When the FWC will stop your misconduct investigation

FWC
Fay Calderone

By

written on May 16, 2017

The Fair Work Commission’s recent decision to issue interim orders preventing an employer from continuing a misconduct investigation until a worker’s anti-bullying application is finalised, demonstrates the extent to which the commission is prepared to intervene in internal operations and processes.

The facts of the case are these: once the misconduct investigation commenced, the worker filed a stop bullying application, alleging it was initiated only after she had made a complaint against a senior executive. It was alleged the investigation itself was unreasonable behaviour and this (plus other behaviour) constituted bullying by some of the employer’s senior executives.

The employer asserted the investigation was reasonable management action carried out in an appropriate and objective way by an independent third party. They argued, by halting the investigation, the commission was allowing “the anti-bullying jurisdiction to simply be used to circumvent reasonable disciplinary action and its consequences”.

At the time of the hearing, the worker had been notified that the investigation was in its final stages and her attendance was required for her to respond. Shortly after receiving notification, the worker advised the employer she was medically unfit for work and would not be attending.

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The FWC decision

Commissioner Peter Hampton recognised the employer’s concerns but highlighted that for an interim order to be successful, the commission needs to be satisfied that:

  1. there is a sufficient likelihood of success; and
  2. the harm caused by not granting the order outweighs the harm if the order is granted.

The commissioner was satisfied that both factors had been achieved in this case. Central to Hampton’s decision was the eligibility requirements to access the anti-bullying jurisdiction. To be able to apply for a stop bullying order under s789FC a worker must be at risk of being bullied at work. The commissioner was satisfied that if the investigation were allowed to continue, it was likely that the worker would have been dismissed and would no longer have the ability to have their application heard.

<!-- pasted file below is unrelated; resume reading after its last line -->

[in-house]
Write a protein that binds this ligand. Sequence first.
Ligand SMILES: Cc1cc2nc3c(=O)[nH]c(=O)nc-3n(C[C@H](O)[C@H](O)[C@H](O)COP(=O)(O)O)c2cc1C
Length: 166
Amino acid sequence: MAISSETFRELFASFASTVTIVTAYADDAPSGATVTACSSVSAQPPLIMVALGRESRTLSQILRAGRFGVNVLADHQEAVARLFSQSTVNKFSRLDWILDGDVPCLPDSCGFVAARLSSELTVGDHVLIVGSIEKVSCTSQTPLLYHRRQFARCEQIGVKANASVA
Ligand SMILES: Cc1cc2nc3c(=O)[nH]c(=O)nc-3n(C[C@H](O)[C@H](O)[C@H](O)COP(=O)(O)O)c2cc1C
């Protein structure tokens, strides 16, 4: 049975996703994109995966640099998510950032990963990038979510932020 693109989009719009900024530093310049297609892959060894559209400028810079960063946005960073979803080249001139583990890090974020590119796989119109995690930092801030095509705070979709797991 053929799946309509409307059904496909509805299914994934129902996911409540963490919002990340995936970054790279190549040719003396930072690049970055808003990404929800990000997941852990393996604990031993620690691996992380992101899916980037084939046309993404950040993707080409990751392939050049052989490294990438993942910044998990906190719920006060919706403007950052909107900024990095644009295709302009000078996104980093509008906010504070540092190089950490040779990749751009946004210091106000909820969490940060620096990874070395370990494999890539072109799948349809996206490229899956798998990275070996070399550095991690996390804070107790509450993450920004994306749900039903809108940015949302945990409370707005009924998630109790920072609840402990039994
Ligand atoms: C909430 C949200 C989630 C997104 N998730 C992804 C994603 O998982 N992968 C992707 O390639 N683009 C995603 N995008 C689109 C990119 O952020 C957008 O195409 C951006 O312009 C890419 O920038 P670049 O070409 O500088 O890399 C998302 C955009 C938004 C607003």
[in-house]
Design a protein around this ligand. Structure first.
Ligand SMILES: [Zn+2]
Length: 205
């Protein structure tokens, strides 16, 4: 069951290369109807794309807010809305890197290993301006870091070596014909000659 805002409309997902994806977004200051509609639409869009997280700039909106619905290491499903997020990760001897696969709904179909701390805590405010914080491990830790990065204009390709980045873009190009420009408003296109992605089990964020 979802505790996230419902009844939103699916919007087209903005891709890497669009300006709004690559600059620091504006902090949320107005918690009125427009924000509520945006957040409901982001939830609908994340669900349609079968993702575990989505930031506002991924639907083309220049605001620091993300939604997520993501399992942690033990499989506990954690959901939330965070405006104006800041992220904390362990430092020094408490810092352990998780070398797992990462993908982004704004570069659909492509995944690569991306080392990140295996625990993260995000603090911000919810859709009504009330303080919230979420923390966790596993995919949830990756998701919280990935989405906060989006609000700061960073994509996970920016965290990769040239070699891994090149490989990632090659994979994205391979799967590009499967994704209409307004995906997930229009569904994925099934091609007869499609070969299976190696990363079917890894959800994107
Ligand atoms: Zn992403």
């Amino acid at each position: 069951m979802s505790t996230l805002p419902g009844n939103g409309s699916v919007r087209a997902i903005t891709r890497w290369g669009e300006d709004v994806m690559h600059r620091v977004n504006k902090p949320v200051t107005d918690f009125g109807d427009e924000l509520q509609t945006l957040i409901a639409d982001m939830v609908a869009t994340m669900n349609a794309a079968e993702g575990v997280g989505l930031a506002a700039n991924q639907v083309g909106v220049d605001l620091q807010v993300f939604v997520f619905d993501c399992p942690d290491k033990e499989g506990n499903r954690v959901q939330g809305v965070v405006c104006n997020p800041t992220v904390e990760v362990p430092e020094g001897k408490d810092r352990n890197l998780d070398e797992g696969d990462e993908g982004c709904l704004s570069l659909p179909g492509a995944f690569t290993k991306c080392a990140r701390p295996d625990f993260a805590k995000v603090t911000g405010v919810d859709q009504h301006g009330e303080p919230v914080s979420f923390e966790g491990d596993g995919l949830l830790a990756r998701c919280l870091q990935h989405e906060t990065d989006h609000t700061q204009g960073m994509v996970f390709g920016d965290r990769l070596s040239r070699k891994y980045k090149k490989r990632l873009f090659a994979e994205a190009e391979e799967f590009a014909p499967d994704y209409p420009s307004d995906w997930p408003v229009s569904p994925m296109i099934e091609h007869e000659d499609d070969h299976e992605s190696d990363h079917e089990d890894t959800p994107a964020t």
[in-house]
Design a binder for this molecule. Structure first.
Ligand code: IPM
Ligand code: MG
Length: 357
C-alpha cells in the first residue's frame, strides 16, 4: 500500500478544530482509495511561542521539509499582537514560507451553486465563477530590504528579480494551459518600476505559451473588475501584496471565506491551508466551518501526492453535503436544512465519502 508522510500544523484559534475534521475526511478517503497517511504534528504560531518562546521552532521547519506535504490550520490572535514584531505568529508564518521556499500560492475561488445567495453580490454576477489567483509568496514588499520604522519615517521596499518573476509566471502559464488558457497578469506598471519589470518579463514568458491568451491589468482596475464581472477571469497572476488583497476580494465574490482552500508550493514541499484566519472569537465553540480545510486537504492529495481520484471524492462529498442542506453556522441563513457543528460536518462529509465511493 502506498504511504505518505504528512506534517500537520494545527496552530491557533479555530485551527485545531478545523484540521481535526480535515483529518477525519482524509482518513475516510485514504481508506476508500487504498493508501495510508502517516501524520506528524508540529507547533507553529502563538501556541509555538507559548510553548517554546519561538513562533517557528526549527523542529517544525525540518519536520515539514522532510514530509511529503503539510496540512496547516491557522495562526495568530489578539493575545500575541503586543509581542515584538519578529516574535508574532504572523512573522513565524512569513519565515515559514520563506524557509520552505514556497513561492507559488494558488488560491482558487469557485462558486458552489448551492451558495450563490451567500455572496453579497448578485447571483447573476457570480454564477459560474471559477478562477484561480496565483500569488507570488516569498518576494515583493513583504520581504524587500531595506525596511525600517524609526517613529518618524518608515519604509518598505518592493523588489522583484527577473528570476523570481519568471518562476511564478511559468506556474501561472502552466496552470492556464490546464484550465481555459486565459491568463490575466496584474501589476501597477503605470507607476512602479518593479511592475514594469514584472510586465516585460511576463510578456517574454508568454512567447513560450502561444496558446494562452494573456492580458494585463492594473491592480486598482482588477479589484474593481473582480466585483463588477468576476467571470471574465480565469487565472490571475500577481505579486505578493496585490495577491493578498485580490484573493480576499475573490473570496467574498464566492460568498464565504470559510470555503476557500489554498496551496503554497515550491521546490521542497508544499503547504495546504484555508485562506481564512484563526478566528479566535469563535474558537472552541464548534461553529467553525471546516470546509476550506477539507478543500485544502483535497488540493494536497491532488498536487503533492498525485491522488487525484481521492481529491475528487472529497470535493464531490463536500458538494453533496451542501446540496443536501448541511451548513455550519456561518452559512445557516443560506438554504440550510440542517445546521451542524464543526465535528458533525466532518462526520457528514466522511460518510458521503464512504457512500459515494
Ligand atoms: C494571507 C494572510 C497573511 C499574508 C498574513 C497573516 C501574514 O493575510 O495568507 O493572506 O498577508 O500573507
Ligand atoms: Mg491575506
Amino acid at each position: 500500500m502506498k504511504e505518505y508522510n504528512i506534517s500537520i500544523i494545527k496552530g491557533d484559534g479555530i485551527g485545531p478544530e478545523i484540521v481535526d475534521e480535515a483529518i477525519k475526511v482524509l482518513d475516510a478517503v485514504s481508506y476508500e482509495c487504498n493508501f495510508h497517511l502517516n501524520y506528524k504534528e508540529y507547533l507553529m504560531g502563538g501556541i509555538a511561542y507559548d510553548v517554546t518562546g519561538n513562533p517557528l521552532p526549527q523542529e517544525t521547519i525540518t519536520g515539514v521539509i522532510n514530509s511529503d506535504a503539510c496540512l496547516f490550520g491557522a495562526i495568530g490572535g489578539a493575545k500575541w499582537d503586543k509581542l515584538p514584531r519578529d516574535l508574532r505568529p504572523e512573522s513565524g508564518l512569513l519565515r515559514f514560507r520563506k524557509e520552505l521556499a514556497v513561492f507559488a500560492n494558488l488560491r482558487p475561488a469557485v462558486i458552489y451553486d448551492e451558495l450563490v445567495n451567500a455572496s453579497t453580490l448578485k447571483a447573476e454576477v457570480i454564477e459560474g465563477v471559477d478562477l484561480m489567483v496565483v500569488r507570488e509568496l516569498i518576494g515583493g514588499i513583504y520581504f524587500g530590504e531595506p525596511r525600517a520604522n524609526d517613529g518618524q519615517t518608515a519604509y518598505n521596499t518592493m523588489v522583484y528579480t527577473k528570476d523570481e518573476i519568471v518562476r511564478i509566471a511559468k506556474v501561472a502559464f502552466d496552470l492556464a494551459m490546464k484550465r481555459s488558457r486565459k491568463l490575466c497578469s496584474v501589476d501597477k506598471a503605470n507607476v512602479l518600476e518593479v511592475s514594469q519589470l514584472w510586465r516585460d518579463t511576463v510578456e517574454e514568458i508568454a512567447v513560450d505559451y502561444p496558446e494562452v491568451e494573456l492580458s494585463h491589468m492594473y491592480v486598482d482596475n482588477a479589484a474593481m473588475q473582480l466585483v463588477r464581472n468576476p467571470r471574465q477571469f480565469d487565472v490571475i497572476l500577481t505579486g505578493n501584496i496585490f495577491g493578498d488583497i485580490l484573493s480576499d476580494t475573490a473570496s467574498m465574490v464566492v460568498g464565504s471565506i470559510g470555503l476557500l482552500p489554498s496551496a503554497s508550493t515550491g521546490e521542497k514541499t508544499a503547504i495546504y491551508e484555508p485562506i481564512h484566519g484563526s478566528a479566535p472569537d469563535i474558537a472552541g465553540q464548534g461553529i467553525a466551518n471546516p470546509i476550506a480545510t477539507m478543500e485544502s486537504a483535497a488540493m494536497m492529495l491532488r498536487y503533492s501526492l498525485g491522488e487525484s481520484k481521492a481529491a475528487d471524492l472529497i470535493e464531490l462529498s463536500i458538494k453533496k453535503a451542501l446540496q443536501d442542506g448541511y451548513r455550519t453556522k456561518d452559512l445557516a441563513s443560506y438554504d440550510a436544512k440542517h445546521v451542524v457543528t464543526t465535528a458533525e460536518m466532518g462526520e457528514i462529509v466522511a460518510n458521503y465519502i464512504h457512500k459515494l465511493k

Further, the commission found that the investigation was central to the worker’s application and there was sufficient evidence that if the worker was successful, the continuation of the investigation would be considered unreasonable behaviour. Accordingly, the FWC formed the view it needed to preserve the status quo until the worker’s application was objectively determined.

What does it mean?

The FWC was clear that this decision should not open the floodgates for anti-bullying jurisdiction to be relied upon for workers trying to avoid disciplinary proceedings. It was an interim decision, restricted to its own particular set of facts.

Nevertheless, it clearly demonstrates the extent of the commission’s powers to intervene in an employer’s affairs to “stop the bullying” and its willingness to intervene in misconduct investigations and disciplinary processes to scrutinise their reasonableness or otherwise.

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Comment

8 thoughts on “When the FWC will stop your misconduct investigation

  1. This article continue to reinforce to me why as HR Professionals we need to rethink how we approach issues such as managing excessive absenteeism, bullying, deviant behaviour, drug and alcohol abuse, harassment as well as poor performance and other related matters. I have argued for many years that a more appropriate approach is to focus on the management problem caused by the specific behaviour. In this case if the initial bullying claim had been considered in this light of “what management problem is occurring?”, in my experience a very different outcome would have occurred. In fact I have had Fair Work Commissioners commend me on this thinking and approach. I’d value feedback and comments from other practitioners.

    1. I wish you were in my organisation!

      I am an experienced manager with HR experience. But what happened to me is still happening!

      I raised concerns about the conduct of my director and his treatment of some staff: I did this with him directly as he would regularly seek my counsel on staffing matters. The result, I found myself being transferred to a business unit that required technical knowledge and skills to perform the project and no training was provided although requested and no documentation was available; well not to me anyway.